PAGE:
DSHS Makes Up for Staff Cuts With Huge Overtime Payments – Nearly 10,000 Hours in July

By Washington State Wire

Article by Erik Smith. Published on Wednesday, September 29, 2010 EST.

Whopping Mistake in Overtime Report Leads Union to Remarkable Finding – Agency Paid Out 9,742 Hours in Overtime, Not 48

 

Greg Devereux, Executive Director of the Washington Federation of State Employees

By Erik Smith

Staff writer/ Washington State Wire

 

OLYMPIA, Sept. 29.—The Department of Social and Health Services is making whopping overtime payments to workers to compensate for staffing cuts imposed by the Legislature – raising doubt about whether any money is actually being saved at all.

            DSHS paid out nearly 10,000 hours in overtime during the month of July, apparently because budget cuts from the Legislature forced the agency to freeze hiring and cut its staff. The agency’s response was to work its remaining employees longer, and pay them overtime.

            Overtime at state agencies has become a big concern because the state also is trying to save money by ordering employees to take unpaid furlough days. The revelation demonstrates what an unworkable plan the furloughs really are, said Greg Devereux, executive director of the Washington Federation of State Employees.

            The problem came to light because of a big mistake in a report issued last month by the state Office of Financial Management.

            The report said DSHS paid out 48 hours of overtime during the month of July – a figure that didn’t pass the straight-face test, union officials say. They questioned the numbers and got a response this week that caused more than a few jaws to drop. The number was off by about 20,000 percent.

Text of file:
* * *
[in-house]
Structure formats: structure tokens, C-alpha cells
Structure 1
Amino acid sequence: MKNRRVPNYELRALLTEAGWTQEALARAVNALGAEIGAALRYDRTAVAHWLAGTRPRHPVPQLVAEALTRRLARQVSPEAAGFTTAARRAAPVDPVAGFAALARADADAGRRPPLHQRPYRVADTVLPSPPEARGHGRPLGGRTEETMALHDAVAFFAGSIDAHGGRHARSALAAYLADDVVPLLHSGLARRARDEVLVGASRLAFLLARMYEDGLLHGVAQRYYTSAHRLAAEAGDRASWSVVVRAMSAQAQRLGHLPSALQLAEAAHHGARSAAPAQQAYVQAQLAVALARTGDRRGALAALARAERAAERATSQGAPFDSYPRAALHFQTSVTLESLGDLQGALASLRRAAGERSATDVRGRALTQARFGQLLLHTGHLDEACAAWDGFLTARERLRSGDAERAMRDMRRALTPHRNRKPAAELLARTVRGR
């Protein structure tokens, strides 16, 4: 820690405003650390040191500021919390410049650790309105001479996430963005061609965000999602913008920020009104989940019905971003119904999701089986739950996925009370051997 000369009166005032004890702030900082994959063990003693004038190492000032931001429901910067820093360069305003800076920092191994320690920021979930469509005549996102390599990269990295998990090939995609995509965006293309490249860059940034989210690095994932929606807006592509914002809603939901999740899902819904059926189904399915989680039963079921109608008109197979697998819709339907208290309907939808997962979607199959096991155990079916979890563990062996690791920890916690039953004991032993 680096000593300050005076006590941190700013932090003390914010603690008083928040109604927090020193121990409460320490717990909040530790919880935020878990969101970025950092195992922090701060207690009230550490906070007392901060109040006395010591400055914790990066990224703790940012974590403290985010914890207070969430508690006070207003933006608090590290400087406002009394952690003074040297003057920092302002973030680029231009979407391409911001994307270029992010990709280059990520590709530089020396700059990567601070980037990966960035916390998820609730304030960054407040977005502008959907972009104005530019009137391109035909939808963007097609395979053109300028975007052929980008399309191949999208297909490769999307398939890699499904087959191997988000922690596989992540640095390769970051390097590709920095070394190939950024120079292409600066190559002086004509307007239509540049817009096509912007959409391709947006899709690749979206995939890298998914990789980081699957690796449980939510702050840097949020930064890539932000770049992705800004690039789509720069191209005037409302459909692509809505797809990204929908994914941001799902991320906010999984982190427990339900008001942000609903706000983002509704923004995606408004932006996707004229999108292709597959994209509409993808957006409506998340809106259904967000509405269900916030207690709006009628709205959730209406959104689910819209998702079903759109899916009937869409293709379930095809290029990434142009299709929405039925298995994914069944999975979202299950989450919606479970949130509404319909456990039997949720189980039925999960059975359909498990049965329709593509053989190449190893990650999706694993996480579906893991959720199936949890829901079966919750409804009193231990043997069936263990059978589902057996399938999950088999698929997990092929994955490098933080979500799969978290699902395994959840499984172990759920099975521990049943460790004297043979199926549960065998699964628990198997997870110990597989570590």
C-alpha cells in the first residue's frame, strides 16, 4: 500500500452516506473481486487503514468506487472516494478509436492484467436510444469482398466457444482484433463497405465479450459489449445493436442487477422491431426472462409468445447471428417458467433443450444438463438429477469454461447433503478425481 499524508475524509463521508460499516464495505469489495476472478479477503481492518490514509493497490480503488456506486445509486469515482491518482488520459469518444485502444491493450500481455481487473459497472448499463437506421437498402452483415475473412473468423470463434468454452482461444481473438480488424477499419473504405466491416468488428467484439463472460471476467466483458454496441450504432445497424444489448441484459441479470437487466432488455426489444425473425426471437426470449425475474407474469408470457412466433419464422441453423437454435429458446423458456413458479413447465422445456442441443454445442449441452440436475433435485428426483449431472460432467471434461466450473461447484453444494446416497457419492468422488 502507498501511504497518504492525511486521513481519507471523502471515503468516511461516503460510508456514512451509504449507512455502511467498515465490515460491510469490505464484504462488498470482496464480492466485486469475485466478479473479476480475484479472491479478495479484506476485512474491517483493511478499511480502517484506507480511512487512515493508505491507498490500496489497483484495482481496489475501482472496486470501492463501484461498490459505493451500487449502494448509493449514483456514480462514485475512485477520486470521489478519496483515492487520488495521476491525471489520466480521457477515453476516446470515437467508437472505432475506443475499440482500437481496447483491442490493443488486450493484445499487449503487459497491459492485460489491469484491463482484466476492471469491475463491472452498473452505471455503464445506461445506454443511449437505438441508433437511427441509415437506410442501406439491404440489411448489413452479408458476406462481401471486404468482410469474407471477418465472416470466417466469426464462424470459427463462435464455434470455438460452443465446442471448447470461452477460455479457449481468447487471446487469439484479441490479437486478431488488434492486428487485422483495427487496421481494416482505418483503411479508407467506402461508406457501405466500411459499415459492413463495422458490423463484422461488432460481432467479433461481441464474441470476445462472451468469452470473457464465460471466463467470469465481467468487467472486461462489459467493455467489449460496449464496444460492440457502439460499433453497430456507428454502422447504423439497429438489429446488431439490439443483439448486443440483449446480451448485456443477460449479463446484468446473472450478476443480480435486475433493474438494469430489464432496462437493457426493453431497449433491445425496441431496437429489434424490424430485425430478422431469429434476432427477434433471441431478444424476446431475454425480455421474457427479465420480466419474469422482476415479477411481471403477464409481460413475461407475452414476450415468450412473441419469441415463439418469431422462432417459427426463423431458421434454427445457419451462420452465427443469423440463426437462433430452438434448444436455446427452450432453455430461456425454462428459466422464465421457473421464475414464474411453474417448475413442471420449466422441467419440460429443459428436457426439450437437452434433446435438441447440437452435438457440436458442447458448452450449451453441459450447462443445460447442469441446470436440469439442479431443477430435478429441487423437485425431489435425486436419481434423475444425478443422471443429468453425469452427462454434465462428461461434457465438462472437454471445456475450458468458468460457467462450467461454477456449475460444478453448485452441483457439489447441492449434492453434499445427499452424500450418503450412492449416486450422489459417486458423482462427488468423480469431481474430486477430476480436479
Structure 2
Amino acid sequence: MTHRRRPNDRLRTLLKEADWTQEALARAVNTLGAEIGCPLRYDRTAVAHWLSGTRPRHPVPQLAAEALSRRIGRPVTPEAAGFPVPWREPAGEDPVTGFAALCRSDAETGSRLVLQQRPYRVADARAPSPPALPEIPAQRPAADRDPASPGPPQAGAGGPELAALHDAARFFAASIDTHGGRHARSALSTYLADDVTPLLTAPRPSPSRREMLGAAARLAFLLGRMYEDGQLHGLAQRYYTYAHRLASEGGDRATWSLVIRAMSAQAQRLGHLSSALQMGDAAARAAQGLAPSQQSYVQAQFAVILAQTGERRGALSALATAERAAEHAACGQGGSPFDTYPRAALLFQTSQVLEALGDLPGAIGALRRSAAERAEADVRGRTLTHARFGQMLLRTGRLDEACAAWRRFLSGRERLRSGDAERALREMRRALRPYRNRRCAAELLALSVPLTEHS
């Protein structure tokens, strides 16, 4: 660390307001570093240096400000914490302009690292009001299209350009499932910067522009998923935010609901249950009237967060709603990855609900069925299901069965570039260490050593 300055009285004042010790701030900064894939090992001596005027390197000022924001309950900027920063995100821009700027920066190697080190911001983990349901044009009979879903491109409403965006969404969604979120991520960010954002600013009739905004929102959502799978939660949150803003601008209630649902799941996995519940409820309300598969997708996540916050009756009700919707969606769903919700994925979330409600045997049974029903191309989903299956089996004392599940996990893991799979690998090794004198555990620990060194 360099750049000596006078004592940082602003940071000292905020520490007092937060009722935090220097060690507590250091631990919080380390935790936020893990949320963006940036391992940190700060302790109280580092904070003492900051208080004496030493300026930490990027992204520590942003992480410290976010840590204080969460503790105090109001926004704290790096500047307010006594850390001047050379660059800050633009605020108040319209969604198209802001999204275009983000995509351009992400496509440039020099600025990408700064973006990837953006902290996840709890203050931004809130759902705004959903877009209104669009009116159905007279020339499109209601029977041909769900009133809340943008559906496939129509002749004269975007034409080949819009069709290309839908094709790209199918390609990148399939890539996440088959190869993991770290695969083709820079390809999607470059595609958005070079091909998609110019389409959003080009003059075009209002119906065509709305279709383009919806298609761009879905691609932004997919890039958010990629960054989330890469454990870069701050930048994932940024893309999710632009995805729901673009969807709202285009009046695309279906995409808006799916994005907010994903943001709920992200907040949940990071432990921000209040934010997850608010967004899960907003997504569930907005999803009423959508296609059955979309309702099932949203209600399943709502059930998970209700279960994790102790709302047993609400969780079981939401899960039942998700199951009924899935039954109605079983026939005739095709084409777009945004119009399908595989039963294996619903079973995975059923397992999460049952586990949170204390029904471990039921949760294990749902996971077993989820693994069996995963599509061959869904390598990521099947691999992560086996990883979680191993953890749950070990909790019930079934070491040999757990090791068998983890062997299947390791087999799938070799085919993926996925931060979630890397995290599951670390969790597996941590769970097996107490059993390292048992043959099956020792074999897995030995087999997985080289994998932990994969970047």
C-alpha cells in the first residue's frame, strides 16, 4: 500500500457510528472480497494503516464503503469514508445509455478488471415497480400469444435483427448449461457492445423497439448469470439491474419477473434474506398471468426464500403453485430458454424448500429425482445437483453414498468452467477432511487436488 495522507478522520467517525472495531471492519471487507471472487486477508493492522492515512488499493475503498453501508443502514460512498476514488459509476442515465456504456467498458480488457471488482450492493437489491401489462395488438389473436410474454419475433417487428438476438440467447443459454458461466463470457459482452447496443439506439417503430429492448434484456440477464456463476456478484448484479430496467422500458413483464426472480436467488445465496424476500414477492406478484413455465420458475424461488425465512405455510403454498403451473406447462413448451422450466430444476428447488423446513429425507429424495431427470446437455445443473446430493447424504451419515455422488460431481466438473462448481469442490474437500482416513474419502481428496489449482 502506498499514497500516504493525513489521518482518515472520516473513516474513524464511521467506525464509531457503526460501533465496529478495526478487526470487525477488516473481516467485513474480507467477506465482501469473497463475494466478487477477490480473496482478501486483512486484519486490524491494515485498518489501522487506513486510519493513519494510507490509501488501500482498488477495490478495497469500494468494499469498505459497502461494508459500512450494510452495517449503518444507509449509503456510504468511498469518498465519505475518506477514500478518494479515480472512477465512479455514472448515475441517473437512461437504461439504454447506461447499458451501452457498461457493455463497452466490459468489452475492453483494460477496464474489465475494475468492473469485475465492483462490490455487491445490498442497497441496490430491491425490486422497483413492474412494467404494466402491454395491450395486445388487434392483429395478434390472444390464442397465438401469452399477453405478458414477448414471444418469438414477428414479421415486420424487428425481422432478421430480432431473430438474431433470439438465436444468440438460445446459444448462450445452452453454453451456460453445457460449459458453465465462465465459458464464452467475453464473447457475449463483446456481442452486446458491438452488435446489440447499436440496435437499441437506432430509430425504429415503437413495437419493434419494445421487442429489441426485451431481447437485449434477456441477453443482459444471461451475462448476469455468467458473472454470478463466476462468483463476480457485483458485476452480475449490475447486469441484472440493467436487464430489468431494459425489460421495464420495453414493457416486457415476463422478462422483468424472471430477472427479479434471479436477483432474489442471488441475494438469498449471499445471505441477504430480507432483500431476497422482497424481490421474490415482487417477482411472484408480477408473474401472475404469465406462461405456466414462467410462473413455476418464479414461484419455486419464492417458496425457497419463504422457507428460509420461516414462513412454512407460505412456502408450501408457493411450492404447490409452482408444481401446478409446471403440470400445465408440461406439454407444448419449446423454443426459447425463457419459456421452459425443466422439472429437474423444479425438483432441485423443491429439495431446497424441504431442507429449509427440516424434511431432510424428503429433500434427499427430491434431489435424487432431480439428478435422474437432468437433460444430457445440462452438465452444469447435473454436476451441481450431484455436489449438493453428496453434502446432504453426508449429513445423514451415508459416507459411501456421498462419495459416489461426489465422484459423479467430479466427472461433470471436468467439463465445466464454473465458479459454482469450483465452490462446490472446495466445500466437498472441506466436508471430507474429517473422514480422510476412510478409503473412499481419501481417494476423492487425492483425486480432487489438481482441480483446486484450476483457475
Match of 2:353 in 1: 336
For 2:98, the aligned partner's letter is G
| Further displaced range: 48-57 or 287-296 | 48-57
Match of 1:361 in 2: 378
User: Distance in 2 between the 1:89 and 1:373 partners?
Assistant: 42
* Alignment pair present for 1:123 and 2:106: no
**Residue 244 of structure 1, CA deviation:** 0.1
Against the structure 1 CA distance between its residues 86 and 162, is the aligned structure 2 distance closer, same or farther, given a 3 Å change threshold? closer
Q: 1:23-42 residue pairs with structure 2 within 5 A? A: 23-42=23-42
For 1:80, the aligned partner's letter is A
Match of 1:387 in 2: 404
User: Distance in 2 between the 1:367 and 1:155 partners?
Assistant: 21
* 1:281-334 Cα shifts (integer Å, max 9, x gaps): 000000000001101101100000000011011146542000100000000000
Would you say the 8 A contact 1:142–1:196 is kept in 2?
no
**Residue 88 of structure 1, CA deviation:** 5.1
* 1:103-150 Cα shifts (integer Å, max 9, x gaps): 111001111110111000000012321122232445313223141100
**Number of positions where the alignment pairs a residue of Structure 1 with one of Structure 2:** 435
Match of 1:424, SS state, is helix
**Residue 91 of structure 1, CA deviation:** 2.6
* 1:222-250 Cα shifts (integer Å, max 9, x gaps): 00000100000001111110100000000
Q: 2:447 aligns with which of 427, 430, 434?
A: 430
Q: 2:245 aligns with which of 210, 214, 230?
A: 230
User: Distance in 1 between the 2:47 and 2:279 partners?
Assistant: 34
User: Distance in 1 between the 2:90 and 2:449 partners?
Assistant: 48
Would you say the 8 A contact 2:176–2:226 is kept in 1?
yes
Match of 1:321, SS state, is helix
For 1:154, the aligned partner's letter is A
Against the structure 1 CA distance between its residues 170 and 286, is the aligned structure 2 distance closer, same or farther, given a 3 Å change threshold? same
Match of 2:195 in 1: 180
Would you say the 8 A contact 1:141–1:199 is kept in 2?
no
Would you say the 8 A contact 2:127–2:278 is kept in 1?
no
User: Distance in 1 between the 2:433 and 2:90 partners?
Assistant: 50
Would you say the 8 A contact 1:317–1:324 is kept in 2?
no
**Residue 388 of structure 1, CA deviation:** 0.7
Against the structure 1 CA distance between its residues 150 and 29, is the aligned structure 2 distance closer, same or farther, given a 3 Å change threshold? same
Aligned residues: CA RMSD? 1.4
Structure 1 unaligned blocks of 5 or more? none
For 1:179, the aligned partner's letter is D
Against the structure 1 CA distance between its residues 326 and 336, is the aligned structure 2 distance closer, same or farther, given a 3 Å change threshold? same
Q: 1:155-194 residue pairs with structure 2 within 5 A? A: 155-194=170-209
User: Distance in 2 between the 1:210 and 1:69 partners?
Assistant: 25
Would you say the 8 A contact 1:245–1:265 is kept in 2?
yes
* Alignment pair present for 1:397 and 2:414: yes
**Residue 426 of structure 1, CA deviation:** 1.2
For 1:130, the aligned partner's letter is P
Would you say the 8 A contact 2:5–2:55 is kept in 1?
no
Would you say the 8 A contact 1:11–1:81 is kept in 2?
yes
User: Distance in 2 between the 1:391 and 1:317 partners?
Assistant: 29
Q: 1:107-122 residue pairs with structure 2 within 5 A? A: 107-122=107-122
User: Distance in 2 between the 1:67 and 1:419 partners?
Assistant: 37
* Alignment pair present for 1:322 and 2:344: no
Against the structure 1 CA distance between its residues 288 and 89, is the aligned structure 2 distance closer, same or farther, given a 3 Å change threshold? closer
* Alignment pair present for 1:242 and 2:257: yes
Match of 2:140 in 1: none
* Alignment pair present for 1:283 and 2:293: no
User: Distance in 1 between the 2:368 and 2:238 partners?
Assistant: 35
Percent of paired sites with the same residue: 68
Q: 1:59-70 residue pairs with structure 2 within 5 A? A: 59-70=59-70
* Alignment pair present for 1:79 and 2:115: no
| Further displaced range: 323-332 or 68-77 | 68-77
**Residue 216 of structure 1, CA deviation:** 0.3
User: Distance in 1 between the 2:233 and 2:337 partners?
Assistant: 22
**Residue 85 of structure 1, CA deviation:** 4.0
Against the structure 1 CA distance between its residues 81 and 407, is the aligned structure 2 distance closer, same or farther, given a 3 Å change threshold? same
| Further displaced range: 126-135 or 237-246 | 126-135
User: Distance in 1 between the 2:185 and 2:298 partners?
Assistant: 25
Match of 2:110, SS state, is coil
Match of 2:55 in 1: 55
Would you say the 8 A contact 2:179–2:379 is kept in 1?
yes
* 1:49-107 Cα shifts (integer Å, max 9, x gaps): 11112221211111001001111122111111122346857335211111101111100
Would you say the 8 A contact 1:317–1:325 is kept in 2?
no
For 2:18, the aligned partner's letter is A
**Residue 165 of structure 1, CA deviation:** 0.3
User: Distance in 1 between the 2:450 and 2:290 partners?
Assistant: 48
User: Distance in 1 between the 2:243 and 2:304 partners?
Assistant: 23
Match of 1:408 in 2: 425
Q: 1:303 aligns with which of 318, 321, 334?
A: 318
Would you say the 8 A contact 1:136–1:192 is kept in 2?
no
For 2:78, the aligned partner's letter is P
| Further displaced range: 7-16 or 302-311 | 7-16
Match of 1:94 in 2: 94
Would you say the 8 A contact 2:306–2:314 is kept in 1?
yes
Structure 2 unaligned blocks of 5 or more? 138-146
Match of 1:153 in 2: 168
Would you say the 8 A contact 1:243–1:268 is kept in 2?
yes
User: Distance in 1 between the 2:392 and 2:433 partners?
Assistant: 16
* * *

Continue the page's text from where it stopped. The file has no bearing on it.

OFM Confirms Mistake

 

 Devereux told the House Ways and Means Committee about it Tuesday.    

             “Regarding overtime, when my union and the Olympian newspaper requested overtime data for the month of July, we were told DSHS had 48 hours of overtime,” he said. “We questioned that number and yesterday we were informed that the actual overtime figure was 9,742 hours. So we believe that furloughs have had some impact on that number.”

            A letter from the state budget office confirms the mistake. It maintains there was no connection between the furlough on July 6 and the overtime. But that raises another question: Why on earth did the agency pay out 10,000 hours of overtime in the first place?

           

            Rumors Sweep Capitol

 

            Behind the question is a rumor that swept the Capitol this summer – that state employees were being told not to worry about those furlough days. If they lost money through the furloughs, they could make it up in overtime.